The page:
TO CUT THE CRAFTS IN TWO.
Whalebacks Coming Back From The Atlantic Coast.
Arrivals: schr. Nellie Hunter, Oswego, 300 tons of hard coal for Crawford; sloop Idlewild, Deseronto and Picton, 1,300 bushels of peas for James Richardson & Sons; str. Cuba, Toledo, lightened 7,000 bushels of wheat at the M.T. Co.'s elevator and cleared for Montreal; str. Bannockburn, with consorts Selkirk, Winnipeg and Melrose, Fort William, 221,000 bushels of wheat; str. United Lumberman, with consorts Benson, Grantham, Manly and Russell, timber laden, from Lake Superior ports, are at Garden Island.
Departures: str. Bannockburn and three consorts, light, for Fort William; tug Walker, with four grain laden barges, for Montreal; str. Algonquin, light, for Duluth.
The schr. Ballou, chartered to carry coal out of Oswego, is wind-bound at this port.
The str. Sequin is on the way down Lake Ontario with a cargo of wheat for this port.
The str. C.W. Chamberlain, Black Rock, timber laden, is expected to arrive at Garden Island today.
The str. Tecumseh and consort, light, from Collins Bay, cleared the Welland canal today.
The str. Denver, Chicago, corn, is expected to arrive here today.
Yesterday morning the whaleback barge, No. 202, arrived from the Atlantic coast. She was launched at Brooklyn, N.Y., in 1892, and has since been employed along the coast as a consort to the steamer Colby. Barge No. 201 is expected to arrive here either tonight or tomorrow morning, when the two will be towed to Port Dalhousie, en route to Buffalo to load coal for Duluth. Barge No. 110 and the str. Colby are at Montreal. They are too large to pass through the St. Lawrence canals and will be cut in twain, the parts afterwards being united here. It is expected the work will not be accomplished much before August 1st. Capt. McDougall, designer of the whalebacks, is at Montreal superintending the work.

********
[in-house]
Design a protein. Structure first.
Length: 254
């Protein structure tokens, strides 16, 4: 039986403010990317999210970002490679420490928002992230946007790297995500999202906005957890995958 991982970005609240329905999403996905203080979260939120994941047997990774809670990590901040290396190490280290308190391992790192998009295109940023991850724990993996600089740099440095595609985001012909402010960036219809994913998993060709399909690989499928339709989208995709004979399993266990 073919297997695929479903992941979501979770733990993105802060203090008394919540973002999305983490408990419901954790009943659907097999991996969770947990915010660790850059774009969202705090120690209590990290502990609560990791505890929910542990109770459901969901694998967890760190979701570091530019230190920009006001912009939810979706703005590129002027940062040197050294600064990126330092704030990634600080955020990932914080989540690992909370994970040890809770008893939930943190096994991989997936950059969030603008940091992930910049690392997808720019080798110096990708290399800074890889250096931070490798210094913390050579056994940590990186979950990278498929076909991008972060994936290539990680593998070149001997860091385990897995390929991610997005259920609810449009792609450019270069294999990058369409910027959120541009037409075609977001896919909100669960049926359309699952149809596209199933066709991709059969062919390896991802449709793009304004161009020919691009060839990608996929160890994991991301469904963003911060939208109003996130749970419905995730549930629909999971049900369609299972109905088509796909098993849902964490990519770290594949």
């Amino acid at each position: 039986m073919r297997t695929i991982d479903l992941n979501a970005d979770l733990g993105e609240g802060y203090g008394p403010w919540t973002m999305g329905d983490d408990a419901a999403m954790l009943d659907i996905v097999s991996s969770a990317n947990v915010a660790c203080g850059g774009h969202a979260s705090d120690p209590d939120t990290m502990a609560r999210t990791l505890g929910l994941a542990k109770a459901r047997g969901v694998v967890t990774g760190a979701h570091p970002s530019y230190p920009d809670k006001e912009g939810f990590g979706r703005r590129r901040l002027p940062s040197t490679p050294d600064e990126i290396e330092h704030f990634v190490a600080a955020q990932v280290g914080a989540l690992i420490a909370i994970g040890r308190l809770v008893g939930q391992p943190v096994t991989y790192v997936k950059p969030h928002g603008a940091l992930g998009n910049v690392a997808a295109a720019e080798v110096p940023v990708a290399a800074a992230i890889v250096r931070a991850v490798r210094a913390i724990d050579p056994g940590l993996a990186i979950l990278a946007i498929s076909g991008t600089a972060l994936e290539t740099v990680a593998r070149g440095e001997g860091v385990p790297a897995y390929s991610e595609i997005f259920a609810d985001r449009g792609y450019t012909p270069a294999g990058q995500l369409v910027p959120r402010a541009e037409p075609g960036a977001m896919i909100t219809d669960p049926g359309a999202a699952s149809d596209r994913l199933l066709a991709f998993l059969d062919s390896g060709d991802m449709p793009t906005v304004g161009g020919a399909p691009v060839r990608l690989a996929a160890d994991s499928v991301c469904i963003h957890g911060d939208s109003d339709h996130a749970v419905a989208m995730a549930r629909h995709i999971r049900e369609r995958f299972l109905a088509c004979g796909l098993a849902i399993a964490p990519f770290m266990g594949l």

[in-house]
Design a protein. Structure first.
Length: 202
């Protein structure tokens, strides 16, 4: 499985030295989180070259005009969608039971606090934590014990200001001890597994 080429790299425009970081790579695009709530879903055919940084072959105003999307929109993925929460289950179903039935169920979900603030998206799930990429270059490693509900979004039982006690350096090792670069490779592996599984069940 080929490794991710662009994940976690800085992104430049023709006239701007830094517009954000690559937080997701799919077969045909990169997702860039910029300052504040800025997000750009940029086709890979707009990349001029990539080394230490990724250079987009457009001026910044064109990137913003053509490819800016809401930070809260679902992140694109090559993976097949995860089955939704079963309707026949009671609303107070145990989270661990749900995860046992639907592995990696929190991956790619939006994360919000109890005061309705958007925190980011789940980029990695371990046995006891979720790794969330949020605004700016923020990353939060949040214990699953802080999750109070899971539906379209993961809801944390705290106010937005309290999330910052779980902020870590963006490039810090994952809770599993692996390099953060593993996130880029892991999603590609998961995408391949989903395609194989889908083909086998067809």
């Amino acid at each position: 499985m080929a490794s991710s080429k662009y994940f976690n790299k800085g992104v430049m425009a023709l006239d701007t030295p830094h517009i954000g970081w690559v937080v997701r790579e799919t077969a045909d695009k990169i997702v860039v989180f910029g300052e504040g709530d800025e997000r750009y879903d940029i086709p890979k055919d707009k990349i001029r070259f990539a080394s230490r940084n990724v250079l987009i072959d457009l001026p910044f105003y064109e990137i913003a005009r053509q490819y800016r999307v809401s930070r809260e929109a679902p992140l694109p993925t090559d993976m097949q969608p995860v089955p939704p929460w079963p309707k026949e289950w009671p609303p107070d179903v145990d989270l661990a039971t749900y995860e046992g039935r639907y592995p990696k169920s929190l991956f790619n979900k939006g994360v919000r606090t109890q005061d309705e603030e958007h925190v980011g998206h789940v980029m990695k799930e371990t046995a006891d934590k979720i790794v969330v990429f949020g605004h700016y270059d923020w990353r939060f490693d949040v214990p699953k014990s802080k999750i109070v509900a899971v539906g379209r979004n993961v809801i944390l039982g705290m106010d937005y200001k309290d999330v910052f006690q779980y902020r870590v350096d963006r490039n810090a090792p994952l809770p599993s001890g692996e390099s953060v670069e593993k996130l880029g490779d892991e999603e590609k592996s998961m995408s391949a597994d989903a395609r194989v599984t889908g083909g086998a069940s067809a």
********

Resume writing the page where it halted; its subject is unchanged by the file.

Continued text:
On the 20th inst., there were 24,161,000 bushels of wheat and 5,765,000 bushels of corn at five of the principal upper lake American ports awaiting shipment east.
On a recent trip to this port the str. Omaha struck a shoal one-and-a-half miles east of Devil's Island, Apostle Group, Lake Superior. The steamer was drawing fourteen feet, and at the time she struck Devil's light bore west by north, distant about one and three-quarter miles. This would indicate a shoaling of water between Devils's Island and North Twin Island.
It is certainly strange that some masters of lake vessels have such little regard for lights, stakes, buoys, etc., which are put out for the express purpose of helping them to pass through narrow and shallow channels. A case in point is reported in the Marine Review by ( ), Port Huron, who says: "I wrote you regarding the Calvin's captain having carried away, some weeks ago, the stake and float to which I have been giving attention here. It so happened that it fouled his rudder and he stopped down the river and got it clear. Then he took both stake and float on deck and carried them the round trip to Kingston and return. While passing up the river on his return, and when abreast with the middle ground, he dropped the stake overboard, about seventy-five to one hundred feet south-west from Sarnia elevator, and foolishly enough, he let it go with stone attached to it, in the middle of the channel, where the water was deep enough to put it out of sight. You will readily understand that there is danger now of some steamer breaking her wheel, or doing injury to herself otherwise, unless the place is swept with chain and line and this obstruction removed."
The steamyacht H.P. Bigelow, owned by C.M. Britton, of New York, is lying at Craig & Co.'s wharf. Kingston will be her owner's headquarters for the next month, and the yacht will be kept here and will be used for making fishing trips, etc., from this port.
The schr. Dandy called at Craig & Co.'s wharf this morning to unload freight. She was on her way from Smith's Falls to Clayton, N.Y., with a load of railroad ties.